The Loneliness of Being a Physician

Gregory A. Hood, MD


February 12, 2019

In This Article

Overcoming Rejections, Regaining Connections

The life of a modern American physician is replete with rejections. There are the rejections of orders via incessant prior authorization criteria, some of which are insurmountable; of nonadherence and no-shows; and of the "Dr Google" experts who, perhaps unintentionally, repudiate the entirety of the physician's training, education, and experience on the basis of a self-fulfilling, nonacademic Internet search, as well as the omnipresent sense that harder, faster, quicker is never going to be enough.

For general internists, there can be the rejection of their entire life's calling, as generations of medical students have rejected this career path, thanks to the draconian and vampiric effects of the American Board of Internal Medicine's certification policies, and the repudiation of the value of the training and experience of the "doctor's doctor" by the government and private payers.

To practice in the backdrop of these rejections in a healthcare system that has isolated us very effectively should be of fundamental concern to the nation, as it continues to face a physician shortfall, particularly in primary care.

The remedy for such stressors and challenges is, rather simply, to congregate, to bond, to not be alone, to not be lonely.

One would wonder whether there is not a design flaw for stress to affect our bodies and longevity thus. The answer, though, is more sublime. The remedy for such stressors and challenges is, rather simply, to congregate, to bond, to not be alone, to not be lonely.

The chronic provocations of the broken-down healthcare "delivery system" relegates physicians into a chronic and unsustainable fight-or-flight mode. This, along with sleep deprivation (by quantity and quality) and myriad deleterious effects (including those on systemic vascular resistance and tissue inflammation, among others) exact a significant toll on those who have committed their lives to being of service to others.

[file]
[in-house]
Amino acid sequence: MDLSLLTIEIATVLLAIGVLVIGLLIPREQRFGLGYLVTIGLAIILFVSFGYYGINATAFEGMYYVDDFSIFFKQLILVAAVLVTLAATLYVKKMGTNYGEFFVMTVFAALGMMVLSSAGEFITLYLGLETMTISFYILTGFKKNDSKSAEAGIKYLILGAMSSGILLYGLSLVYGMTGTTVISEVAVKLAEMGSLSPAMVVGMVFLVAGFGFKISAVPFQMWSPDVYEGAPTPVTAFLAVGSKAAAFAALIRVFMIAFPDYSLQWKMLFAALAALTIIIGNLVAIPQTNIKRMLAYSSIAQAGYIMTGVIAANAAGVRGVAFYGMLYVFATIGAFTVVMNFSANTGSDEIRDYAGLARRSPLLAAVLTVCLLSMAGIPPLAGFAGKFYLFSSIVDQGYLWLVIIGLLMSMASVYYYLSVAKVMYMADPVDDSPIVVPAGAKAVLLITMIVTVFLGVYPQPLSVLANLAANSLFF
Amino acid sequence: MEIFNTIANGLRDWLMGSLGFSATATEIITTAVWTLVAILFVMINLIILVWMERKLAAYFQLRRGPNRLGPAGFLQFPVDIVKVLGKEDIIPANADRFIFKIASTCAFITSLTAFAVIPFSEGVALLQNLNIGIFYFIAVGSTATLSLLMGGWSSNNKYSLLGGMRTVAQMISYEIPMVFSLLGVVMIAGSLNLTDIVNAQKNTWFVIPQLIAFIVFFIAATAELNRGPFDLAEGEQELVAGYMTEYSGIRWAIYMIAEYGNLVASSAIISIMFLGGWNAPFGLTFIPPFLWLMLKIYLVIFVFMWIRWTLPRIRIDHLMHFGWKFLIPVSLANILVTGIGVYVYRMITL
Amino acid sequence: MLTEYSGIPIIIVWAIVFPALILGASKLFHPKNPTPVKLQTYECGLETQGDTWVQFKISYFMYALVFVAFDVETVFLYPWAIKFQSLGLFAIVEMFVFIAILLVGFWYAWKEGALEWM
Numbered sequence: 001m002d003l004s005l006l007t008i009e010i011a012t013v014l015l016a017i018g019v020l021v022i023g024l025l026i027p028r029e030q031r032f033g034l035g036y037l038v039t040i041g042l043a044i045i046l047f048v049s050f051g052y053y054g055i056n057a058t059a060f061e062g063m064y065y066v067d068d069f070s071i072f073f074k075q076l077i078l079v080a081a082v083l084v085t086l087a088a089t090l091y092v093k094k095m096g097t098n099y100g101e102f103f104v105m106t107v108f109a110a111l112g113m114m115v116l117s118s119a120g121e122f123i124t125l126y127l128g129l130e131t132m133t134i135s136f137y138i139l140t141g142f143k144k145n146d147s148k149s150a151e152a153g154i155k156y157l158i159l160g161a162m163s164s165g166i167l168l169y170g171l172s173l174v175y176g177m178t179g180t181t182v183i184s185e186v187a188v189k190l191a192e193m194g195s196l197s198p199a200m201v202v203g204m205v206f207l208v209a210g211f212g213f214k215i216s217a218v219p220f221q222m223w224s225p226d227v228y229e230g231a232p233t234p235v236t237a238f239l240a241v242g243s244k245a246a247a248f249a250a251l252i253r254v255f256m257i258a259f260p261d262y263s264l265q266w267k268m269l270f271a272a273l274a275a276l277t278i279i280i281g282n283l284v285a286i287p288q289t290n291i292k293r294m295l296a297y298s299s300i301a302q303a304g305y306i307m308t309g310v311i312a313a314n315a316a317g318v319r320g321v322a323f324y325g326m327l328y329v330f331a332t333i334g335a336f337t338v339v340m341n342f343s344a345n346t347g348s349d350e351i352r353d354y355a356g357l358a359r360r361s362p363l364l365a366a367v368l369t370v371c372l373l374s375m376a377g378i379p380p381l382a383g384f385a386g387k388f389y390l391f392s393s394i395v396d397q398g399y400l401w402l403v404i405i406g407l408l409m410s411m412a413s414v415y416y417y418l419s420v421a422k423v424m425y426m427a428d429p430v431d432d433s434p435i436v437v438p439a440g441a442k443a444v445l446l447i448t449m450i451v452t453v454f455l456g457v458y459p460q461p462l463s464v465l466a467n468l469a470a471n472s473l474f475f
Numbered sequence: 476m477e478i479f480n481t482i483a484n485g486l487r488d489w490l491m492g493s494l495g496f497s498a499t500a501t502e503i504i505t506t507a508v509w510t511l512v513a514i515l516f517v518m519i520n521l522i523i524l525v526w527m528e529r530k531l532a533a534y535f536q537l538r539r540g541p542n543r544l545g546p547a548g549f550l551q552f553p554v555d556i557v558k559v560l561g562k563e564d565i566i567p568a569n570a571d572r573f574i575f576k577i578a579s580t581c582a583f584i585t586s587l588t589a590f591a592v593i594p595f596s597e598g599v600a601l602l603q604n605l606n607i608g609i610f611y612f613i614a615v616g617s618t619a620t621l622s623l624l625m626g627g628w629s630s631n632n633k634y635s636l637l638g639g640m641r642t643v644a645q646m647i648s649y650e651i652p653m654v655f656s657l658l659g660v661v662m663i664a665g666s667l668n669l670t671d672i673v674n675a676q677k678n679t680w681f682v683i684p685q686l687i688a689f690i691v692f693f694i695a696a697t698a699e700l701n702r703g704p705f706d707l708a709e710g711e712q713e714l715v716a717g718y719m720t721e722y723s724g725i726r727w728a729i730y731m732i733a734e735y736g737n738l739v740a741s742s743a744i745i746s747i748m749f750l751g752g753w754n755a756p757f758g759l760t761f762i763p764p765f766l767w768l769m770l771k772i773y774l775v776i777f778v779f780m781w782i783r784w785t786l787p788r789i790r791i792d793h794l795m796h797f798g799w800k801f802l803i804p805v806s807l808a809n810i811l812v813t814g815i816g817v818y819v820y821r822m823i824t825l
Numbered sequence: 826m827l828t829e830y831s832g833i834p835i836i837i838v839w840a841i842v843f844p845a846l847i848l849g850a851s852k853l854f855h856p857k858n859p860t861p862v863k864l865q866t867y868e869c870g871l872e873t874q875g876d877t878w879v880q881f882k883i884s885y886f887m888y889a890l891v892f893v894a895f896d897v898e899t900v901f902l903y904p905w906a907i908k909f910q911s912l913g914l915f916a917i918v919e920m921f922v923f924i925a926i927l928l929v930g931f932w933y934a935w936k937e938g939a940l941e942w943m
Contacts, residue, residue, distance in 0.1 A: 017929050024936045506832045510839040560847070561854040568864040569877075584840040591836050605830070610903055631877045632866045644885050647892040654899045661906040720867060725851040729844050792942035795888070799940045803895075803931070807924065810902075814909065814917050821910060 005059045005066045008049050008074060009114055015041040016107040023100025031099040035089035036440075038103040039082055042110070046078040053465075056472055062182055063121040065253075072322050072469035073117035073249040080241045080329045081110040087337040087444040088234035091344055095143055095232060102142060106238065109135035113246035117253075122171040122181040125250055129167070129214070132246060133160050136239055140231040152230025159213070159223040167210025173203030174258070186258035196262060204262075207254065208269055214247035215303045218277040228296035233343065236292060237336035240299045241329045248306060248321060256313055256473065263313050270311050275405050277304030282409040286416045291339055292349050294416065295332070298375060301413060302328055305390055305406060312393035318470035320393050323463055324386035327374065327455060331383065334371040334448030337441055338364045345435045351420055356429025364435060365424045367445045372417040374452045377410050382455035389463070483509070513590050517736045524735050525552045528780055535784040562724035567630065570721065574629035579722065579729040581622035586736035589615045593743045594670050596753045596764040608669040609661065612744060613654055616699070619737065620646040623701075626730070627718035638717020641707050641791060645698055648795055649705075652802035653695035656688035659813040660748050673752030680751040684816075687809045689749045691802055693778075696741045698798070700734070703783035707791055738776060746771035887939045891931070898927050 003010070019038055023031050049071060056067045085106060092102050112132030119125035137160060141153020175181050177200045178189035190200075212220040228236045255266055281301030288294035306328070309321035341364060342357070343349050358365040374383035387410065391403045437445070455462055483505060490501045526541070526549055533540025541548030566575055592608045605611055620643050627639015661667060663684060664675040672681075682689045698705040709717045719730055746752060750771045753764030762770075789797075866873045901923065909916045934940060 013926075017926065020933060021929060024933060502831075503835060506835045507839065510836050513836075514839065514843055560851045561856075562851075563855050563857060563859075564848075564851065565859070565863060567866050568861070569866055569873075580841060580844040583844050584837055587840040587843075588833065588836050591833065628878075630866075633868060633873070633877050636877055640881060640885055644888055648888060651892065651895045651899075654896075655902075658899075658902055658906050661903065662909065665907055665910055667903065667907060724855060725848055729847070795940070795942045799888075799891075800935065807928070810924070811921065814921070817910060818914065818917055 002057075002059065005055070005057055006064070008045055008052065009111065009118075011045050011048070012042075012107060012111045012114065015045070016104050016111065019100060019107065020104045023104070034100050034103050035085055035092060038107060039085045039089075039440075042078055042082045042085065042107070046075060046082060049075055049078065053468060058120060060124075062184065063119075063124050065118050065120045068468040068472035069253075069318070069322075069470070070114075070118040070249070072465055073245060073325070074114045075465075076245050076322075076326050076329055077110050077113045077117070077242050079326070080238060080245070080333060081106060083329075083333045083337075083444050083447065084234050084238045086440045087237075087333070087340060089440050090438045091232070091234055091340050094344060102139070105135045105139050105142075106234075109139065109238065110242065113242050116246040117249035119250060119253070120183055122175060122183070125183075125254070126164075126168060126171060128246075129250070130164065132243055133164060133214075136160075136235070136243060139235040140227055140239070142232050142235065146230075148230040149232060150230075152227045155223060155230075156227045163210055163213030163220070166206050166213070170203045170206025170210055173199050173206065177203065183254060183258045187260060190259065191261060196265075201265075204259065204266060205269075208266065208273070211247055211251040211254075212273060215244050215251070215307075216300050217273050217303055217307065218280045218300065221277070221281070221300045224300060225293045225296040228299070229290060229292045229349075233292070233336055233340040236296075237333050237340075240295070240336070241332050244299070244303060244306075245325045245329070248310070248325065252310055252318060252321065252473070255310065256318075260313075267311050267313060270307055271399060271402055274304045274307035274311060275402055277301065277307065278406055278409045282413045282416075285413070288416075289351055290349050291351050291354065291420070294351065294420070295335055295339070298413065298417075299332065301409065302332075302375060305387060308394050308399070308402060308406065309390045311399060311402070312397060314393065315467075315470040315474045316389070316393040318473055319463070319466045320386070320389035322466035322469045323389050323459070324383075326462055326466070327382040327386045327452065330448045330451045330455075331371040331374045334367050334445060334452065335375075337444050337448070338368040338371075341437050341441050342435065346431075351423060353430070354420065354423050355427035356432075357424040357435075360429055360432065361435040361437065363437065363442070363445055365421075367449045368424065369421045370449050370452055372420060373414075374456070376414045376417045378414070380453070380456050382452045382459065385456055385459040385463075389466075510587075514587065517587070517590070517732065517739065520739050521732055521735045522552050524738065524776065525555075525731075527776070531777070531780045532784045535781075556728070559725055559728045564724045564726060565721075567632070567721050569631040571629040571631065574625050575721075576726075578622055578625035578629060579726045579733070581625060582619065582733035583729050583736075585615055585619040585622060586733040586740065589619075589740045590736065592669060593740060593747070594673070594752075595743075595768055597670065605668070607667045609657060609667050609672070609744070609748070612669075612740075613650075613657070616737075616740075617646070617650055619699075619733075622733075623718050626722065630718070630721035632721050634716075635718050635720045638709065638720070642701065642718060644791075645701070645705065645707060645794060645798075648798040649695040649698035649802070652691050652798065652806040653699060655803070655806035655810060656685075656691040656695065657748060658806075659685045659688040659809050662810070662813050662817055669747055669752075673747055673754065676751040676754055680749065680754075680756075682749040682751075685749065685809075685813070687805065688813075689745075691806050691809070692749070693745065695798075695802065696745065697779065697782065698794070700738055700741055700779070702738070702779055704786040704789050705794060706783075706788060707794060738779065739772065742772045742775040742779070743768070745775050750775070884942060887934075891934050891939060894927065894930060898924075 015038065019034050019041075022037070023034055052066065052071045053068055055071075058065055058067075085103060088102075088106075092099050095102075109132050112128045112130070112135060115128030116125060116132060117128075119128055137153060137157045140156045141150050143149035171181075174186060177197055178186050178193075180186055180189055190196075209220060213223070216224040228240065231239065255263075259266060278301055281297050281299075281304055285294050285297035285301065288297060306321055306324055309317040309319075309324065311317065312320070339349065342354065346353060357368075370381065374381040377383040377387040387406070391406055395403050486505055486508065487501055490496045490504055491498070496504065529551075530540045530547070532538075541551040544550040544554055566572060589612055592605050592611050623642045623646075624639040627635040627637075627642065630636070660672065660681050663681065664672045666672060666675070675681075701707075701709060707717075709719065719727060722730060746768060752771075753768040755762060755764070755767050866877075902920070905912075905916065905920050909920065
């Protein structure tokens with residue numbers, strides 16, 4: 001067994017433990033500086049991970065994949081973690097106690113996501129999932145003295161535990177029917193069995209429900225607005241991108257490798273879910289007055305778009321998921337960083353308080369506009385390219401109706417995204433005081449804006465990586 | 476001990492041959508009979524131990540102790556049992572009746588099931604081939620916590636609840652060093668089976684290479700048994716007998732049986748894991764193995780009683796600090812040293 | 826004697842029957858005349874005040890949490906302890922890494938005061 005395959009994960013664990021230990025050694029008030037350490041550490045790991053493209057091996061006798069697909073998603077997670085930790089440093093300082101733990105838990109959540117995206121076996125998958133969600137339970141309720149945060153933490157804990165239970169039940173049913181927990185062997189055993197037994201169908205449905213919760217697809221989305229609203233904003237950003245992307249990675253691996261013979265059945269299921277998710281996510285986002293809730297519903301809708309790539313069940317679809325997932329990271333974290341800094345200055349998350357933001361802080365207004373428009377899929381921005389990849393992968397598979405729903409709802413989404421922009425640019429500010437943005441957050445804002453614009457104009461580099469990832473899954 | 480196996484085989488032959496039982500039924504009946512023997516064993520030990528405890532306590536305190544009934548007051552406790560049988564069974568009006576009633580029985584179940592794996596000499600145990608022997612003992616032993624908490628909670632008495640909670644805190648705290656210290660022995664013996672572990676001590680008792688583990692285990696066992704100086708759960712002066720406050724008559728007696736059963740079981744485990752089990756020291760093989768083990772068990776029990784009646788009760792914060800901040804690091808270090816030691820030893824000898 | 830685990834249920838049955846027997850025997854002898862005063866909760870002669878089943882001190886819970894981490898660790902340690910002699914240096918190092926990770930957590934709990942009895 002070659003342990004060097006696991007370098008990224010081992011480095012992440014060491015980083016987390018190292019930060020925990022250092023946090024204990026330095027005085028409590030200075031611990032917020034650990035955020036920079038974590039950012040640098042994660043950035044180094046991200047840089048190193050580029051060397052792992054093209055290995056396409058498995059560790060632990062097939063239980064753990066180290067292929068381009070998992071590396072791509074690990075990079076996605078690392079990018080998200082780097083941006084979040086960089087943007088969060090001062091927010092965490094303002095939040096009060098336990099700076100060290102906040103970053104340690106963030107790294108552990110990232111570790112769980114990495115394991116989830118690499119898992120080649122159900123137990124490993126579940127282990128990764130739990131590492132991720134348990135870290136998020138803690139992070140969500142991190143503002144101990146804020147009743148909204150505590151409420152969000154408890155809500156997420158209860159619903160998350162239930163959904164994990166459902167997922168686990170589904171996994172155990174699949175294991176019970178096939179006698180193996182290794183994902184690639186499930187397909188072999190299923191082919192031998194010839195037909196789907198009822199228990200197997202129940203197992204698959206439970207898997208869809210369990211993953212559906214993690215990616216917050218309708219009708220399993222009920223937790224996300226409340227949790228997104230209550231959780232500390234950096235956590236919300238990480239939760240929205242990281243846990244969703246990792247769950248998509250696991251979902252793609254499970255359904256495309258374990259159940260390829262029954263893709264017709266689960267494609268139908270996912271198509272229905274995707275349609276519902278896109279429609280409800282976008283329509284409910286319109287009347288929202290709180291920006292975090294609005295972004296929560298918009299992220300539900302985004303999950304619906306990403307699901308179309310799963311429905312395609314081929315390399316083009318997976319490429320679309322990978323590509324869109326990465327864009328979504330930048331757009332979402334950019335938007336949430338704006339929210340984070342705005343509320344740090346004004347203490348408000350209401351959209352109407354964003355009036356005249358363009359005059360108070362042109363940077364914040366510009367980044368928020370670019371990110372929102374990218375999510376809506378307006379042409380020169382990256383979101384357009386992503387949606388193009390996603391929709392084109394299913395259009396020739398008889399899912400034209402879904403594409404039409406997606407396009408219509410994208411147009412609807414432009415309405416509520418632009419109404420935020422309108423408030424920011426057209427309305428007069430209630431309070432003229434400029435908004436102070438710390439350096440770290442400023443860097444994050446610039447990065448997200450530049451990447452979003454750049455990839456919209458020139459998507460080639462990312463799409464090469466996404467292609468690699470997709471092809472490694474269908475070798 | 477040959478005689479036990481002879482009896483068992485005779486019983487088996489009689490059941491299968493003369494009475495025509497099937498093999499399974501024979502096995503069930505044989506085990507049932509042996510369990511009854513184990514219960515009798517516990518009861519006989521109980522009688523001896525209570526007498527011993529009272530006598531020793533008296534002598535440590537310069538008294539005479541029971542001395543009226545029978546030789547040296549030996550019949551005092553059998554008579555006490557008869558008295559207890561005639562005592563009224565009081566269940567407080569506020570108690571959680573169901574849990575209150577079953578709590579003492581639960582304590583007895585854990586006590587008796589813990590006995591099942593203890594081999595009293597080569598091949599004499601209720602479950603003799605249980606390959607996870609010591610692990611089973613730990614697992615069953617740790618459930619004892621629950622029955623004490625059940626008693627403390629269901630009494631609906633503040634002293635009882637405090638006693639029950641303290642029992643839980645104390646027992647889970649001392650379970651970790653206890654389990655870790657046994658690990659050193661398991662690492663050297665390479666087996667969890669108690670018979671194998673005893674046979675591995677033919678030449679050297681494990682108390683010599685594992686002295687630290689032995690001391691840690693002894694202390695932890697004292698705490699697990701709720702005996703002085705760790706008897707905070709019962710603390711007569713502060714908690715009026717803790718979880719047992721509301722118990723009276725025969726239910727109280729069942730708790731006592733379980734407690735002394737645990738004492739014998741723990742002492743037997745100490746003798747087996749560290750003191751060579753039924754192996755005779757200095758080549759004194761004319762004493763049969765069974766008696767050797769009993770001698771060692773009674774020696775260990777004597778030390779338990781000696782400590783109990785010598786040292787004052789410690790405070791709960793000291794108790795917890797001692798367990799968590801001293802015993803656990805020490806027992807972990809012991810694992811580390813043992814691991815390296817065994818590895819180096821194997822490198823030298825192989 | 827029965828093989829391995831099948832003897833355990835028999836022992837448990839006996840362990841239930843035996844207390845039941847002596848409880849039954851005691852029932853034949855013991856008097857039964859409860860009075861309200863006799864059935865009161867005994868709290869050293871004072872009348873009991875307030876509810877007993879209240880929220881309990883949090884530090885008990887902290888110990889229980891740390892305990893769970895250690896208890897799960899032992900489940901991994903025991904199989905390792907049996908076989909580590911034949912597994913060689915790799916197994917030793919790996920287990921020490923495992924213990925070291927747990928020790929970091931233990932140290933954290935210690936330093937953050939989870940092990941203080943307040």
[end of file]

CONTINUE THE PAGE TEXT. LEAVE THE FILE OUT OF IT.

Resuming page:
The tragic nature of these circumstances is not that physicians who have assumed these service roles do not live trouble-free lives. Rather, it is that people of goodwill, great intellect, and compassion are not perceived by society and those around them and, further, that these consequences curtail the longevity and effectiveness of those healthcare providers, who are a critically limited resource to our society today.

One of the chief limitations of our society, and our language, is that we recognize each other but we do not "see" each other. In parting, we may say to others that we will "see them," but we don't "see."

This realization was well represented in the interactions of the Na'vi in the movie Avatar. Neytiri says, "I see you"—the traditional Na'vi greeting meaning "I see who you truly are." There was an interesting effect in the wake of that movie of a "blue funk," of heightened pain caused by the sense of human loneliness standing in stark, 3D contrast to the idealized relationships portrayed on the silver screen.[5]

We can't hope to replicate that world in this one, but we can surely do better than we are doing currently in this one.


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